The Peugeot 2008 dimensions might not be the best for carrying passengers, but at least you get a few handy storage pockets to keep its cabin looking tidy. Both front door bins are big enough to hold a 1.5 and a two-litre bottle each and there’s space behind the handbrake for a fifth large bottle and room to keep your phone tucked safely out of sight.

The rear door bins aren’t quite as big as those in the front but there’s still room for a one-litre bottle on each side. Unfortunately, a folding front armrest will set you back an extra £110 – even in top-spec GT Line versions – and you can’t get a folding rear armrest on any model in the 2008 range.

With all five seats in place, the Peugeot 2008’s 410-litre boot can’t quite match the HR-V’s 448-litre load bay but it’s still significantly larger than the Vitara’s 375-litre boot.

It’s easily big enough to carry a baby buggy and some soft bags or four suitcases without removing the parcel shelf. The load height is quite low and there’s no annoying boot lip to worry about so it’s easy to slide in heavy boxes.

The standard-fit spare wheel means there isn’t any space under the floor to hide valuables out of sight but you do get a few elasticated straps and a netted cubby to stop small items rolling around.

The back seats fold down separately in a two-way (60:40) split so you can carry some long luggage and a rear-seat passenger at once. With both seats folded flat the Peugeot 2008’s boot grows to 1,400 litres – that’s some 133 litres shy of the HR-V but a massive 240 litres more than the Vitara.

The Peugeot 2008‘s boot floor is completely flat so it’s easy to slide heavy luggage right up behind the front seats. There’s even enough space to carry a bike without having to remove its wheels and there’s a metal scuff plate above the rear bumper so you won’t scratch the paintwork during trips to the tip.

Read full interior review

What's it like to drive?

Comfortable and mostly quiet

The Peugeot 2008 is more comfortable over rutted roads than most small SUVs but its entry-level petrol and diesel engines feel wheezy at best and struggle to keep up with motorway traffic

Unlike some SUVs, the 2008 doesn’t try to be sporty – instead it focuses on being as comfortable and relaxing as a high-riding small family car can be

Mat Watson
carwow expert

Pick the 110hp petrol if you plan to spend most of the time pottering in your Peugeot 2008 around town. It’s perkier than the rather weedy 83hp model, cheaper than the more powerful 130hp version and much smoother than any of the diesels. Peugeot claims it’ll return 58.9mpg but you can expect to see a figure in the low fifties in normal driving conditions.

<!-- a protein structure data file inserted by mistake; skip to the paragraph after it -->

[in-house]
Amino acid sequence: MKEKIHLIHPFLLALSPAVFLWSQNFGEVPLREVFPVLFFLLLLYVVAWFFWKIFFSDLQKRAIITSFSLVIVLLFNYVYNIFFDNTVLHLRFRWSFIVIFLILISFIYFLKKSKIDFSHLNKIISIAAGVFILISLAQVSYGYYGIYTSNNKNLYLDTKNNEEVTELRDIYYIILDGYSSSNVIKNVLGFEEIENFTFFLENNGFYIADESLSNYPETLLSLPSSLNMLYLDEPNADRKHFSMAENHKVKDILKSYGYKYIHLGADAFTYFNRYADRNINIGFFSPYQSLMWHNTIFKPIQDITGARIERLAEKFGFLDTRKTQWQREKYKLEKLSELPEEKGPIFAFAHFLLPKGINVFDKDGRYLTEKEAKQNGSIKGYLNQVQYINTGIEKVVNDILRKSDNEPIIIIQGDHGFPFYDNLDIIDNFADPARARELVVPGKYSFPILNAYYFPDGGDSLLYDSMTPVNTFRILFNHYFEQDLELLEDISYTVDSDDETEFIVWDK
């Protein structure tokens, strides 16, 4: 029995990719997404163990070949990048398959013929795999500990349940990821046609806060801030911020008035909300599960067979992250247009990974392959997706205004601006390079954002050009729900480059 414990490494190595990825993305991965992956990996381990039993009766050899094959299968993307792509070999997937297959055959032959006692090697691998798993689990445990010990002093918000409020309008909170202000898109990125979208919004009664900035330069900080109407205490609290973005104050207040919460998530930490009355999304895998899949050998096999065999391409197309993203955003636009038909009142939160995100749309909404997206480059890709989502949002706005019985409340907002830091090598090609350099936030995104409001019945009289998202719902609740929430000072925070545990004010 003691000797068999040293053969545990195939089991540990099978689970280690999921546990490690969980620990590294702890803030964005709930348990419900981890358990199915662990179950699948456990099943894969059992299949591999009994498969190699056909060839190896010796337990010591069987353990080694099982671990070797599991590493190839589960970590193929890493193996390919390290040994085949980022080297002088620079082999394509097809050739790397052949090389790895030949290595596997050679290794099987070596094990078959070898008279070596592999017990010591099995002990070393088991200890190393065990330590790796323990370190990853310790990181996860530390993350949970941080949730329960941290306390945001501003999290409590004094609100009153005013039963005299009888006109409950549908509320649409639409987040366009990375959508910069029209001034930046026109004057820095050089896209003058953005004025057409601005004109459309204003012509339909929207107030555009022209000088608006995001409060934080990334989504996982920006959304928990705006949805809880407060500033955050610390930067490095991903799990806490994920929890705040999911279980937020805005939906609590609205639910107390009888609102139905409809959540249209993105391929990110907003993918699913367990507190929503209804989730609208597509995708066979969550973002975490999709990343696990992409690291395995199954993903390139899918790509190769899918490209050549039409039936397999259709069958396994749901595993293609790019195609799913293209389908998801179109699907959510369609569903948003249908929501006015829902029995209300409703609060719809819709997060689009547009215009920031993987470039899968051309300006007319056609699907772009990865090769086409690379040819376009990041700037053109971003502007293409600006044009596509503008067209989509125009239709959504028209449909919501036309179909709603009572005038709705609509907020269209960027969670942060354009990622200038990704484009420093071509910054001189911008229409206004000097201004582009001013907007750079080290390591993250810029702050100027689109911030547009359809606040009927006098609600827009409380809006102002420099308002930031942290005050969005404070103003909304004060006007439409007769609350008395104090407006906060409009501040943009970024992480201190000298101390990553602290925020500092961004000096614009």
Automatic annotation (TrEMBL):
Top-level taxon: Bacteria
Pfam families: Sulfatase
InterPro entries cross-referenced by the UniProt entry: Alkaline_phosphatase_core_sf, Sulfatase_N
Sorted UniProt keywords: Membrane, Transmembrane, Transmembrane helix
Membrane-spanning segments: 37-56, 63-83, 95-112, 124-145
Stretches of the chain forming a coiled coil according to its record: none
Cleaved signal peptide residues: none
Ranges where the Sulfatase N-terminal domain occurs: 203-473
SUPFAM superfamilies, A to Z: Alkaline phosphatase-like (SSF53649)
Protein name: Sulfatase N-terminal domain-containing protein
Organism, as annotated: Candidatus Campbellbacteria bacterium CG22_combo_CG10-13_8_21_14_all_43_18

If you do lots of motorway miles you’ll want to consider one of the two 1.5-litre diesel models instead. These come in 102hp and 120hp outputs and both return a claimed 70.6mpg – although you’ll probably manage around 60mpg in normal driving conditions. The 102hp version is a little sluggish at motorway speeds, but the 120hp model cruises along quite happily.

Spend lots of time stuck in traffic? You’ll want to consider a Peugeot 2008 automatic instead of the standard manual. It only comes with a 110hp petrol engine and will set you back an extra £1,000 but it’ll really help take the stress out of long drives.

Unlike the Suzuki Vitara, the Peugeot 2008 isn’t available with four-wheel drive. You do get a nifty controller down on the centre console in Allure and GT Line models that adjusts the car’s traction-control settings to help it deal with anything from muddy lanes to snow-covered roads. Sure, it won’t turn the 2008 into a rock-crawling off-road monster but it’s very effective on sand and muddy tracks.

The Peugeot 2008 is taller than most conventional small family cars, so you sit a little higher and get a better view out over the road ahead. The pillars between its doors and windscreen aren’t particularly large so they don’t create many awkward blindspots but the small rear windscreen can make parking a bit tricky.

Fortunately, all but entry-level Peugeot 2008 Active models come with rear parking sensors as standard and you get a reversing camera in top-spec GT Line cars to help make three-point turns a doddle. You can even get a neat system that’ll steer you into parallel parking spaces automatically for £300.

The Peugeot 2008 does a better job of softening bumps and potholes around town than either the Honda or Suzuki and its light steering makes manoeuvring through tight streets a breeze.

It’s a little more roly-poly on twisty country roads than the Vitara but not so much that your passengers will feel car sick. Head out onto a motorway and it’s happy to cruise along comfortably and all models come with cruise control as standard to help make long drives as relaxing as possible. Unfortunately, you’ll hear a little more wind noise in the Peugeot than in the Honda on the motorway.

The Peugeot 2008 earned a five-star safety rating when it was assessed by Euro NCAP back in 2013 but the tests have been made much stricter since then. Fortunately, you can get automatic emergency braking – a system that’ll try to stop the car as quickly as possible if it senses an obstacle ahead – across the range for a little extra peace of mind. It’ll set you back £430 on entry-level Active models and £250 on Allure and GT Line versions but it’s well worth paying for.